There are still remarkable gaps in the data available on the overall structure of the financial systems of major economies. This column presents rough estimates for the UK and the US that suggest some surprising structural differences between the two systems and which point to areas where better measurement is needed. The authors note that there is a strong case for policymakers to think about the system as an interconnected whole, rather than as a set of distinct sectors to be regulated in isolation.

Freund, Mulabdic, Ruta, 28 October 2019

The conventional wisdom is that 3D printing will shorten supply chains and reduce world trade. This column examines the trade effects of the shift to 3D printing in the production of hearing aids. It shows that adopting the new technology in production increased trade by roughly 60% as production costs came down. An analysis of 35 other products that are increasingly produced using 3D printing also finds positive effects but suggests that product characteristics such as bulkiness can affect the relationship between 3D printing and trade. 

Amore, Marzano, 27 October 2019

Family firms account for a significant fraction of businesses worldwide. This column analyses how family ownership shapes the likelihood of being involved in antitrust indictments. Family-owned firms are less likely than non-family firms to commit antitrust violations, but they also tend to curb equity financing and invest less aggressively after antitrust investigations. This suggests that family control wards off reputational damages but at the same time it weakens their ability to keep up with fiercer competition following the dismantlement of an anticompetitive practice.

Mirenda, Mocetti, Rizzica, 26 October 2019

The expansion of organised crime generates losses in economic growth and social welfare. This column estimates the impact of mafia penetration in the legal economy in Italy, looking both at the micro-level effects on firms infiltrated by 'ndrangheta members and at the more aggregate long-run effects on local economic growth. It finds that infiltrated firms are disproportionately in the utilities and financial services sectors and that infiltration has a strong negative effect on local long-term employment growth. 

Sinn, 25 October 2019

According to the public finance economist Agnar Sandmo, who passed away in August 2019, the ideal economist should be an ‘applied theorist’ who is always ‘concerned with the application of theory to specific issues of economic policy’. As this column written by a friend and colleague of long standing explains, Sandmo himself satisfied these criteria to the highest possible extent. He combined extraordinary theoretical skills with a profound sense of political relevance and the ability to communicate his knowledge in a way accessible to all.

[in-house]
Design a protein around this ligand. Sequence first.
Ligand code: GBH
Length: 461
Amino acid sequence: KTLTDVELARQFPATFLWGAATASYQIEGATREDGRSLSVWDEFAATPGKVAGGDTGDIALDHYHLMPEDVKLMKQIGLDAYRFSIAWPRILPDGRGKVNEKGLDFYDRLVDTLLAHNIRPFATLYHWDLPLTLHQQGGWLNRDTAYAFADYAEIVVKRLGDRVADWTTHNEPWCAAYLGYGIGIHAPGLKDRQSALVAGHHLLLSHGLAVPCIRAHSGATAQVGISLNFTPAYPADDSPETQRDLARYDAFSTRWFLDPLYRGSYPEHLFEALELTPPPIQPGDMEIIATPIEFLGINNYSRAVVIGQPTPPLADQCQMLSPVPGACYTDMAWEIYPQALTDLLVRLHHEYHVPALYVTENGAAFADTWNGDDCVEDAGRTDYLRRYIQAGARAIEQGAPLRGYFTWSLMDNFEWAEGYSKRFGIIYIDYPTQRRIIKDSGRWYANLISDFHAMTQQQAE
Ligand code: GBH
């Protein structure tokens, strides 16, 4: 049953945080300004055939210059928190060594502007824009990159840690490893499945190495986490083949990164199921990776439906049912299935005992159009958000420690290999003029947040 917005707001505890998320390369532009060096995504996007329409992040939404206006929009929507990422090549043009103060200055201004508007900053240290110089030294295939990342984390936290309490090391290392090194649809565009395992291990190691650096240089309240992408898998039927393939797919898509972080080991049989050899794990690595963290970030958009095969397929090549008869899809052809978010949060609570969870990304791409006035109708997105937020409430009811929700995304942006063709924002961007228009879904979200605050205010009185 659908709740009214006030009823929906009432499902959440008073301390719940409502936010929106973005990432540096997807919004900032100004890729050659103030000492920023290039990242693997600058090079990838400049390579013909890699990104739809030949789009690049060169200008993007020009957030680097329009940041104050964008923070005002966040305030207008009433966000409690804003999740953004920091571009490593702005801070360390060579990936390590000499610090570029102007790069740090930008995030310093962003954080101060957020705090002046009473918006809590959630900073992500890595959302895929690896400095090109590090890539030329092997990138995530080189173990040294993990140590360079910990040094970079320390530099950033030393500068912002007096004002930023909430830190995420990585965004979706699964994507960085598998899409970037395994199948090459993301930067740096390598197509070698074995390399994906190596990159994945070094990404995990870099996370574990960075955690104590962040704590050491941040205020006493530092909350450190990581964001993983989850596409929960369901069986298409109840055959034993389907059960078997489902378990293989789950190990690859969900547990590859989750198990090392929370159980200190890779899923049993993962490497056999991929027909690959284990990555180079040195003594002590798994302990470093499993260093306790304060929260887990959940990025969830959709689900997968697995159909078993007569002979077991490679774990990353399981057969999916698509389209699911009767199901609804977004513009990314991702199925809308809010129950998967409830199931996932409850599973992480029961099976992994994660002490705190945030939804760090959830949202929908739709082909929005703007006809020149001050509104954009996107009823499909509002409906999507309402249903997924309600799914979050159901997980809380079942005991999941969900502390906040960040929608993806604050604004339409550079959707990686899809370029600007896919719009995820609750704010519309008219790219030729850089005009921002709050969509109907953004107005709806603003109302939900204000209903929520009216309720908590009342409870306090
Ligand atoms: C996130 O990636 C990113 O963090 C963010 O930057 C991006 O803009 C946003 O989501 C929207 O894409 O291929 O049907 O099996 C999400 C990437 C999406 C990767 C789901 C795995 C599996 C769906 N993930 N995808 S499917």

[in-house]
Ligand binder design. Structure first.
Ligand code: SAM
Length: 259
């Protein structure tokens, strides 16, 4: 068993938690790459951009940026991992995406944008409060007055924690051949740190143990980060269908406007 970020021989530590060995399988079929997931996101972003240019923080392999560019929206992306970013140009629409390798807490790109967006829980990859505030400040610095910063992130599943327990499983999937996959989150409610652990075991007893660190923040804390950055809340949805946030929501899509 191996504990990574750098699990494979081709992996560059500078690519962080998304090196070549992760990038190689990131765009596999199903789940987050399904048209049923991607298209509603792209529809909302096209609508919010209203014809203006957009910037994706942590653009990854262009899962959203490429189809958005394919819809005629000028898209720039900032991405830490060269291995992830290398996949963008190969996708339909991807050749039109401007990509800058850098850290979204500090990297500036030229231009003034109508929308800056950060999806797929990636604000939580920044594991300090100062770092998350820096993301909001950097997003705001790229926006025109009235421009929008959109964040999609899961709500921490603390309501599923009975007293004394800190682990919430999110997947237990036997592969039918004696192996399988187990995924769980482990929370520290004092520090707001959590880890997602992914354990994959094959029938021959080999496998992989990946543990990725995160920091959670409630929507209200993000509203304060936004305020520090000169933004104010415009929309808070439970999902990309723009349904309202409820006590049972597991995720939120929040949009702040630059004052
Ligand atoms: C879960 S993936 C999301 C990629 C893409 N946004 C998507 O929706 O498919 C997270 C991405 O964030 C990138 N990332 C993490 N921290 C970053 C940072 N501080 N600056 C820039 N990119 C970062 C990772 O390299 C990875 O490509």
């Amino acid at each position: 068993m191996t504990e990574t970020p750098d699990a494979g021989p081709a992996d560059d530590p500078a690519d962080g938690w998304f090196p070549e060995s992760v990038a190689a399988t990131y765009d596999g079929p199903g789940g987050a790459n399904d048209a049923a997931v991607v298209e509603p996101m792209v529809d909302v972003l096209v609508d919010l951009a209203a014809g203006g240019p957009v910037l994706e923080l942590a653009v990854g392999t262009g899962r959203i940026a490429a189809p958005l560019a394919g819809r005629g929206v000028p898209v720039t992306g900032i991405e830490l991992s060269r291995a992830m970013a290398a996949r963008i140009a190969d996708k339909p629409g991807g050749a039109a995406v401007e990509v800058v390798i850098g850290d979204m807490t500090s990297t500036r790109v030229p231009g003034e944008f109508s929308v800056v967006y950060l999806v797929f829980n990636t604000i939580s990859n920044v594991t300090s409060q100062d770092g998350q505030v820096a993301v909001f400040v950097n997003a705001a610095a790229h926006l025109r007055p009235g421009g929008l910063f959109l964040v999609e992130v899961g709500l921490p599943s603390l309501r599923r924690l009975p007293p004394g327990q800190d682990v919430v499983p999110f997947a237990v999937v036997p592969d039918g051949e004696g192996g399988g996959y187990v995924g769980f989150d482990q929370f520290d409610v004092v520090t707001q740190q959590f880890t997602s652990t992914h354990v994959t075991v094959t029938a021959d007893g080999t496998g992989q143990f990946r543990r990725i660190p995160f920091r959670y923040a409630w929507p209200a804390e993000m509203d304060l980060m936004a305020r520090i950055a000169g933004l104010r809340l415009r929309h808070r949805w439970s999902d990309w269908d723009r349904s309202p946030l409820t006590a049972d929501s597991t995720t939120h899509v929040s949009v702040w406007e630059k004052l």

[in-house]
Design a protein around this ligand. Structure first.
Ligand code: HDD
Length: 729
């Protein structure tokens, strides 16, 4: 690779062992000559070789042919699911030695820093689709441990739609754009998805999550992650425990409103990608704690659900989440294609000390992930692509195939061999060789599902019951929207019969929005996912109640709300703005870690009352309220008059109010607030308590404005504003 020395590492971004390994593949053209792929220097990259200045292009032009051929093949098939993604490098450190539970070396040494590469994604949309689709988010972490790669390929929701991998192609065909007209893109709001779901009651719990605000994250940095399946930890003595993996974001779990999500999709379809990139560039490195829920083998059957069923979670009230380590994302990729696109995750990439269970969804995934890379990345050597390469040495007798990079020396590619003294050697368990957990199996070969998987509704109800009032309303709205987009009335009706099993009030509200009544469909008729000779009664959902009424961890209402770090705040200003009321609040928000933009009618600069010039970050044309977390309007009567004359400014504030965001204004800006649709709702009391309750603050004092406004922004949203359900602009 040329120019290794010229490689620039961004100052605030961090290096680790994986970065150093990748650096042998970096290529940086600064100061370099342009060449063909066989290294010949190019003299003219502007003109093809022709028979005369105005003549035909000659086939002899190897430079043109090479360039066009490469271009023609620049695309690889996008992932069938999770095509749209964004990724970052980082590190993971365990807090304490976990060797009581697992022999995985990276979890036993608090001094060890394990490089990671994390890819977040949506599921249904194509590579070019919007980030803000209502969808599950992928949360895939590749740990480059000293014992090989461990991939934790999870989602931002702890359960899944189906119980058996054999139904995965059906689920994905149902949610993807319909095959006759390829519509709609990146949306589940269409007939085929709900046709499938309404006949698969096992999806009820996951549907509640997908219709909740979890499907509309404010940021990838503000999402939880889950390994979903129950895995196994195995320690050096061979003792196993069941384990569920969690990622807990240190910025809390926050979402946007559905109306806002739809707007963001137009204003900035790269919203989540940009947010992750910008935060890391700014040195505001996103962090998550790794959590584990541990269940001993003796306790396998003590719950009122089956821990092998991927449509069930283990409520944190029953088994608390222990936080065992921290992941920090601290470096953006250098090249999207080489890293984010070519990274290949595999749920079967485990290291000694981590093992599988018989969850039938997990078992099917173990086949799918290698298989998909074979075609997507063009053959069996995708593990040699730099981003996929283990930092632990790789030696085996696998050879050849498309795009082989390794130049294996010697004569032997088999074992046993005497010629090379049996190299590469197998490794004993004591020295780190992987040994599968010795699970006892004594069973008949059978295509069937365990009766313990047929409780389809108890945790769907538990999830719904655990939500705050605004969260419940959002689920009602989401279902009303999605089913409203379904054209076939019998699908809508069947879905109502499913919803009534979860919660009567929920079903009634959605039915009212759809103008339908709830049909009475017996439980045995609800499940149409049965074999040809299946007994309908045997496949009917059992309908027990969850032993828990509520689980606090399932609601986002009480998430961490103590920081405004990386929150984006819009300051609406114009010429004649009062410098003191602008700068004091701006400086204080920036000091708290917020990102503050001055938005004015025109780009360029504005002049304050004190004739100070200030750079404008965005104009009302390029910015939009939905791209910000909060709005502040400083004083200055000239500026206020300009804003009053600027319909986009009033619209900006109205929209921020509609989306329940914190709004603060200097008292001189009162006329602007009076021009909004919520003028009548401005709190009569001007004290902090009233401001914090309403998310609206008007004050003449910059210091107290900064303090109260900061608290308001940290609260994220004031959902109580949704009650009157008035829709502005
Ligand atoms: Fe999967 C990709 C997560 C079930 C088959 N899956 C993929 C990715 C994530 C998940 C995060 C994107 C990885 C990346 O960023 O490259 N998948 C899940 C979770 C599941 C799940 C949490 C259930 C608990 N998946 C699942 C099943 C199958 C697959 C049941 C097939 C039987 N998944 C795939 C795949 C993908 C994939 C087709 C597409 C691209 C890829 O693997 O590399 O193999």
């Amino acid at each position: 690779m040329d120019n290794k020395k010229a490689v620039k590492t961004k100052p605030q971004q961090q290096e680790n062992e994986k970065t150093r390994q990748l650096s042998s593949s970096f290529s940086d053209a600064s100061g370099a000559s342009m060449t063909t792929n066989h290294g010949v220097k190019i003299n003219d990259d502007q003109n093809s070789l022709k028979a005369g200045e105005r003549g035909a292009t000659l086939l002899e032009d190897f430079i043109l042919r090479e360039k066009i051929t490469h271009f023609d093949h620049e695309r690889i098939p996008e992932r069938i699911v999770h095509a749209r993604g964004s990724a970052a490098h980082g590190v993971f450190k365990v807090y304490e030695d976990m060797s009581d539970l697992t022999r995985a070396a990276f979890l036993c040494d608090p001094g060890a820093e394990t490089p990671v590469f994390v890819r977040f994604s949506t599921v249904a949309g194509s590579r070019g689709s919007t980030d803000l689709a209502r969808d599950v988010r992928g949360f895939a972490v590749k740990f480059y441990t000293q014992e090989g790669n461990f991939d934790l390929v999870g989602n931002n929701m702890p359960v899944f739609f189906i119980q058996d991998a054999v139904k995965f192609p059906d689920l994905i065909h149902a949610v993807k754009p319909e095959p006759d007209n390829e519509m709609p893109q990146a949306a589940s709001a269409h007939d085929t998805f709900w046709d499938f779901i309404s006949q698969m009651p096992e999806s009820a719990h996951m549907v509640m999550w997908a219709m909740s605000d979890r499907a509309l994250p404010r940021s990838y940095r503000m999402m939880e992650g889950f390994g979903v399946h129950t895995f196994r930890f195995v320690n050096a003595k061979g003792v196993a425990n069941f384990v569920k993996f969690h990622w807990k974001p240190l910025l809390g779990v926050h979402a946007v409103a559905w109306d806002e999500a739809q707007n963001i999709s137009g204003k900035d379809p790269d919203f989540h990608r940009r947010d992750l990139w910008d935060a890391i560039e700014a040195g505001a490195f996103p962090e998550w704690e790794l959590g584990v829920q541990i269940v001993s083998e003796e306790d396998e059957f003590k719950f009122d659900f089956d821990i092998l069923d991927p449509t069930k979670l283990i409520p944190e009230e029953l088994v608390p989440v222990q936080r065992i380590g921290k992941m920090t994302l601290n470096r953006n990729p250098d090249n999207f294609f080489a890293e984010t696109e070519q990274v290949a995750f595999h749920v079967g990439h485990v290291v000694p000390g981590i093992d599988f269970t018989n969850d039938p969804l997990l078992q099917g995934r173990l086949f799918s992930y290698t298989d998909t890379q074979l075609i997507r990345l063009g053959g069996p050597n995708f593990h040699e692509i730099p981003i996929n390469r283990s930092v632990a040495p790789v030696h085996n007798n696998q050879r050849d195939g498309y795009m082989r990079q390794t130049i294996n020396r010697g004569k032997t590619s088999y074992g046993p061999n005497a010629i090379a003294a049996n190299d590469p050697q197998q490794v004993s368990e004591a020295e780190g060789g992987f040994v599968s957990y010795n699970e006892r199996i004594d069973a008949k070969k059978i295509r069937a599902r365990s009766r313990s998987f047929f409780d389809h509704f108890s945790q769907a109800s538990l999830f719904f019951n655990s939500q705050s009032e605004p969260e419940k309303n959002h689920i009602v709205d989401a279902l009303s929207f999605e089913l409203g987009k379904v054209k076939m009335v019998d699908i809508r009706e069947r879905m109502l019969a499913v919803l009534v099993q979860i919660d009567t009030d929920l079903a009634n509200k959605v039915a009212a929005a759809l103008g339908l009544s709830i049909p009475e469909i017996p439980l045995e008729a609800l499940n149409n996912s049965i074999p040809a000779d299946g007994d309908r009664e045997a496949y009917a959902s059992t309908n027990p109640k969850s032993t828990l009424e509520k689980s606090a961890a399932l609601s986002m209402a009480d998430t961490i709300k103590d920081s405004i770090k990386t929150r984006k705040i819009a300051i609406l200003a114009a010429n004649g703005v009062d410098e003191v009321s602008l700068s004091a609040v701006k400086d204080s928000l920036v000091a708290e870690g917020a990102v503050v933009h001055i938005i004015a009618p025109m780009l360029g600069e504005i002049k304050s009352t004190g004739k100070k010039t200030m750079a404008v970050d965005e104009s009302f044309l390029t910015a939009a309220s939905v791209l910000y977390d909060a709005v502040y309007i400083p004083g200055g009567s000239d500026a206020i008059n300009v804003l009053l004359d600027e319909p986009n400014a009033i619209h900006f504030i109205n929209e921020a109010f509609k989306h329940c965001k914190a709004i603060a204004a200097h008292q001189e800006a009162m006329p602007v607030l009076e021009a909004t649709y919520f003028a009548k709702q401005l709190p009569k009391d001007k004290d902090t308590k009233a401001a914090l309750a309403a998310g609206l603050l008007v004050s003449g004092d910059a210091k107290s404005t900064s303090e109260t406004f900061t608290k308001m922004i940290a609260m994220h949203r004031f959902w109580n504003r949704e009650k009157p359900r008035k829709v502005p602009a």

Chadha, 25 October 2019

The Federal Reserve is reviewing its monetary policy strategy, tools, and communication processes, but there has been surprisingly little formal debate about these key aspects of monetary policymaking in the UK and the euro area. This column argues that the impending appointment of the next Governor of the Bank of England provides an opportunity for an open and deep debate about the fundamental objectives of the central bank and the limits of independence. It also warns that the genuine progress that has been made in the science of monetary policy may be threatened by a new era of economic populism.

French, 25 October 2019

How much is spent on end-of-life care, and who foots the bill? Eric French of UCL tells Tim Phillips about the total cost of the last year of our lives, and how different countries have very different ideas of who should pay it.

Read about the research at here, and download the VoxEU book about the economics behind ageing, Live Long and Prosper? The Economics of Ageing Populations.

Gumpert, Steimer, Antoni, 24 October 2019

Distance and other geographic frictions between firms’ headquarters and their establishments have a negative effect on performance. This column shows that hiring middle managers helps firms mitigate the impact of geographic frictions, by improving the efficiency of management resources. Factors affecting the efficiency of a local establishment have knock-on effects for the whole firm, regardless of distance.

Hooper, Mishkin, Sufi, 23 October 2019

The apparent flattening of the Phillips curve has led some to claim that it is dead. The column uses data from US states and metropolitan areas to suggest a steeper slope, with non-linearities in tight labour markets. We have been here before – in the 1960s, similar low and stable inflation expectations led to the great inflation of the 1970s. 

Molinder, Karlsson, Enflo, 23 October 2019